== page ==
Blackberries hanging thick upon the hedge bring to my memory something of long ago. I had somehow escaped into the country, and on a long walk began to feel mid-day hunger. The wayside brambles were fruiting; I picked and ate, and ate on, until I had come within sight of an inn where I might have made a meal. But my hunger was satisfied; I had no need of anything more, and, as I thought of it, a strange feeling of surprise, a sort of bewilderment, came upon me. What! Could it be that I had eaten, and eaten sufficiently, without paying? It struck me as an extraordinary thing. At that time, my ceaseless preoccupation was how to obtain money to keep myself alive. Many a day I had suffered hunger because I durst not spend the few coins I possessed; the food I could buy was in any case unsatisfactory, unvaried. But here Nature had given me a feast, which seemed delicious, and I had eaten all I wanted. The wonder held me for a long time, and to this day I can recall it, understand it.The book was first published in 1903. I have linked to the 1912 edition because it's a very clean copy, and because I have a weakness for rubricated initials.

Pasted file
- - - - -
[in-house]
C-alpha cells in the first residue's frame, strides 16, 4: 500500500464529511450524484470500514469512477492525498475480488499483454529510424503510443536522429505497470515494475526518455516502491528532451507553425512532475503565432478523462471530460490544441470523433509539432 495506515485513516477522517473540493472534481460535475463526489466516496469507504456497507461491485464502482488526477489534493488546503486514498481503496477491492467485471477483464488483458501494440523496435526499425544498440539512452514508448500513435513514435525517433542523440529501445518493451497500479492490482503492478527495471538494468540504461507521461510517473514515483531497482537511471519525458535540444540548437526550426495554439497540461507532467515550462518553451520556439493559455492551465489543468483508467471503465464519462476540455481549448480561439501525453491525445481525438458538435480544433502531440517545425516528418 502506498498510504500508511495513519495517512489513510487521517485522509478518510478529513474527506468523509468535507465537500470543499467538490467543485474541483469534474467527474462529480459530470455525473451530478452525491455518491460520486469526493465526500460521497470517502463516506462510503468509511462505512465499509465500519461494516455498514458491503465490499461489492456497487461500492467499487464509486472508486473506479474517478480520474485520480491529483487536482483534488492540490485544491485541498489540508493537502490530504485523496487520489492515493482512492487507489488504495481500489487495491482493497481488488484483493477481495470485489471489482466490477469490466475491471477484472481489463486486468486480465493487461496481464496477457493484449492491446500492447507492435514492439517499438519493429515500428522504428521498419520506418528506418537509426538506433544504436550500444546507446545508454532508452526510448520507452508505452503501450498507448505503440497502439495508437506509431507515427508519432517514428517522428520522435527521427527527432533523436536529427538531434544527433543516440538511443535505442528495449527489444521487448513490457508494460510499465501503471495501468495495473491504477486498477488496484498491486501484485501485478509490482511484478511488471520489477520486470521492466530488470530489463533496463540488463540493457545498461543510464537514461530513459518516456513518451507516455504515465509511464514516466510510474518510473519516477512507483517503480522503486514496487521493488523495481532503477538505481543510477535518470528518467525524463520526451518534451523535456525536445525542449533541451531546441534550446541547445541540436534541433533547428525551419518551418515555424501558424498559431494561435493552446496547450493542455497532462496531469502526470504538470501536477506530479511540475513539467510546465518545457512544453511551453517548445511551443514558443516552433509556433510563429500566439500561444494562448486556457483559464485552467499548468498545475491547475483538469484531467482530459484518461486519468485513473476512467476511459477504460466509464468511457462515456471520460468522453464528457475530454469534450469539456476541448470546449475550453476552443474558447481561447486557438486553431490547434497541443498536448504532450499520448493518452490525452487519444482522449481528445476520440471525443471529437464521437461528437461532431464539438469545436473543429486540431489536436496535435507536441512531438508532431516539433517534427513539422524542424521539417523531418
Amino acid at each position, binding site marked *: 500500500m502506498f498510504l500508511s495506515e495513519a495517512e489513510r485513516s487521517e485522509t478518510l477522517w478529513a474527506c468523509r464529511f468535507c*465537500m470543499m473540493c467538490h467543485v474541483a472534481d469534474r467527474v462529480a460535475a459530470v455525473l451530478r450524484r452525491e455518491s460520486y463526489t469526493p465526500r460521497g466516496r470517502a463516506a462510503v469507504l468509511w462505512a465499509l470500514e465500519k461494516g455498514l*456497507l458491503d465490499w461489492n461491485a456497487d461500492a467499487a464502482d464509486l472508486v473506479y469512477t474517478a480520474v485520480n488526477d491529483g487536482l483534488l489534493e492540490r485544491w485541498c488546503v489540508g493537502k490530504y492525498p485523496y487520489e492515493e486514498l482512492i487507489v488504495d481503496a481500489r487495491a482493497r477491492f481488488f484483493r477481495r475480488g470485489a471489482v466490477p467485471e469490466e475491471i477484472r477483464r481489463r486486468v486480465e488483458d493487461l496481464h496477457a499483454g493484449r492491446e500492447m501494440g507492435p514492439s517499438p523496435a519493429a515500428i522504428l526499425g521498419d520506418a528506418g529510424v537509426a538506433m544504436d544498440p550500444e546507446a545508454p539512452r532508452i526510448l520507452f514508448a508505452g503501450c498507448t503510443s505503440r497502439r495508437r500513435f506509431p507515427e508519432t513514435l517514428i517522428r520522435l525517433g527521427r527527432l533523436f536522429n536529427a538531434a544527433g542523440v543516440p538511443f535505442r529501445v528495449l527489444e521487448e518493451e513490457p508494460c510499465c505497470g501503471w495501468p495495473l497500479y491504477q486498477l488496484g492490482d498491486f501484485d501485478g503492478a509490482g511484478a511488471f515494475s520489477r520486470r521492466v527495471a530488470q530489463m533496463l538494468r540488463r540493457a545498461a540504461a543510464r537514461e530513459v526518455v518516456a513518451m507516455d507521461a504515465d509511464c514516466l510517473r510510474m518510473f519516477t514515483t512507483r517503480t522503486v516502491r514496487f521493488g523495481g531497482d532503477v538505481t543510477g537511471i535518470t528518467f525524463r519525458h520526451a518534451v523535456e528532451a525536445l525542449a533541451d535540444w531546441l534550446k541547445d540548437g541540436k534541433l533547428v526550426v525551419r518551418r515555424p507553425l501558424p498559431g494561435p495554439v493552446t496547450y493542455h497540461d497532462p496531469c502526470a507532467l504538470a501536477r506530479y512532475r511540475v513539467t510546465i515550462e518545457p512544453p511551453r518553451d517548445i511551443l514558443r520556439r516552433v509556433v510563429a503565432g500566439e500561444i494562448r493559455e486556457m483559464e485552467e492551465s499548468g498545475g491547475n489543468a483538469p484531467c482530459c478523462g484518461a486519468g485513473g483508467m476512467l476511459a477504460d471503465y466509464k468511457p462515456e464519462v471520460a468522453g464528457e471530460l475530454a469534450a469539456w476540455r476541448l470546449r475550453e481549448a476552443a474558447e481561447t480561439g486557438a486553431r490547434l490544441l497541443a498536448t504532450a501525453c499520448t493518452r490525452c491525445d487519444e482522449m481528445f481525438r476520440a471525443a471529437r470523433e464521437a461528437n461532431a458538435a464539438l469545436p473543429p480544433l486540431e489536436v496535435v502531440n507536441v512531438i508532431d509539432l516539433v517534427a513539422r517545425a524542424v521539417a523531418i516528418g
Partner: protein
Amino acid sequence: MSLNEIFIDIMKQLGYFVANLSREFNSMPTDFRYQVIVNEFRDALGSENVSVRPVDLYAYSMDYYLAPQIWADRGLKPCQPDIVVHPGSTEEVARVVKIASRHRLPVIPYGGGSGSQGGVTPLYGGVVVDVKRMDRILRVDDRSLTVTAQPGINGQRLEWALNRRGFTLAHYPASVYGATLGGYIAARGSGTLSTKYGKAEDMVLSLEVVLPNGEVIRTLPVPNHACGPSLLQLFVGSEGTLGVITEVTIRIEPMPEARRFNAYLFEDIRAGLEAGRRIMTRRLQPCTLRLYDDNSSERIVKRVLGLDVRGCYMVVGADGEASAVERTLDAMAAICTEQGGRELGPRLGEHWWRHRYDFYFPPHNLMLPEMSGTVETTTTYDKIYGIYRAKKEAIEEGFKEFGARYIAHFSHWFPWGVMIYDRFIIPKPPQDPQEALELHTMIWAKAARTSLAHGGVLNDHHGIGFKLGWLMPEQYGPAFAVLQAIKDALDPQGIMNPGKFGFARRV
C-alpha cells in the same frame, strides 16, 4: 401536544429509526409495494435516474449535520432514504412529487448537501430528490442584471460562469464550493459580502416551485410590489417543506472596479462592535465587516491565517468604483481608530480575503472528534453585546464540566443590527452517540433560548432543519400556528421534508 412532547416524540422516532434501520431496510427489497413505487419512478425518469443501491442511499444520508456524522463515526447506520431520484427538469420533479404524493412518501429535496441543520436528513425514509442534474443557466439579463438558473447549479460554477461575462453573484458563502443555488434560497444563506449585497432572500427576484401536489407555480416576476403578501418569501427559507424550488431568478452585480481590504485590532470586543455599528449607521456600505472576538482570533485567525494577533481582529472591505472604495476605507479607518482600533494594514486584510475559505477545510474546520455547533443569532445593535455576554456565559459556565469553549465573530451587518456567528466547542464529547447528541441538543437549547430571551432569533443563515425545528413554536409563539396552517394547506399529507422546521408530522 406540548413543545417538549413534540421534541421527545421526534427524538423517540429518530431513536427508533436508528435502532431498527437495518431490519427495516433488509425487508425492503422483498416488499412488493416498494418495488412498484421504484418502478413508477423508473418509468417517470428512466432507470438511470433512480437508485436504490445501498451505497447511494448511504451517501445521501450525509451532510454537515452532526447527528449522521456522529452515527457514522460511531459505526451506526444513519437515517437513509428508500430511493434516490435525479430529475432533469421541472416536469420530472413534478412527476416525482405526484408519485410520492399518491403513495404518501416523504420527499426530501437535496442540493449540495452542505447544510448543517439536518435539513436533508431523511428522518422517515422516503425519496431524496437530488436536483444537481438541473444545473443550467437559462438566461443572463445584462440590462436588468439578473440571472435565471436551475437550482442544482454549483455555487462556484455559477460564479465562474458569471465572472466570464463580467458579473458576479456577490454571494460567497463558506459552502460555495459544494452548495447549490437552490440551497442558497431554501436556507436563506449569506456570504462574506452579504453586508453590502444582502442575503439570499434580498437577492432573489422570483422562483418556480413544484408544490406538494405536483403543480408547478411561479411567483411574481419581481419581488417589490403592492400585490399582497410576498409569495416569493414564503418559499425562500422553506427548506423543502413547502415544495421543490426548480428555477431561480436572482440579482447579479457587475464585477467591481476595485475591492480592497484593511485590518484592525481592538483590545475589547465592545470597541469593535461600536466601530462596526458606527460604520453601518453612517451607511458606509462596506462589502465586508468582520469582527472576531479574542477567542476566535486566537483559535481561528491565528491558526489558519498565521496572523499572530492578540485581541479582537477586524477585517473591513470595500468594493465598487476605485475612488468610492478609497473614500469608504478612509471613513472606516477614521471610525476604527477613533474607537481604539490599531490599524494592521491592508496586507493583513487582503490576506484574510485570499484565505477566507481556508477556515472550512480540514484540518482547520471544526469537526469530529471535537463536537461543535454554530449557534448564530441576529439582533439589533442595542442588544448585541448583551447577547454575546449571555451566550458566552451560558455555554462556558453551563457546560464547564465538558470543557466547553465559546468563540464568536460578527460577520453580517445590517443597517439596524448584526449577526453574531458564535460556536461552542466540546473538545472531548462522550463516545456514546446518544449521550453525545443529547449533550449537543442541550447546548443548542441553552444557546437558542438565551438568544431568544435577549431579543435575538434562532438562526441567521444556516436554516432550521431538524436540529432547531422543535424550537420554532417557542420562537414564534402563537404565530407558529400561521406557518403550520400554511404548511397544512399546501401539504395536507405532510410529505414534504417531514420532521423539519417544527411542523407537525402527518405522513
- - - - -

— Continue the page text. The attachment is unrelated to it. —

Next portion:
1 November 2012
An Extraordinary Thing
George Gissing, The Private Papers of Henry Ryecroft (London: Archibald Constable, 1912). From page 180: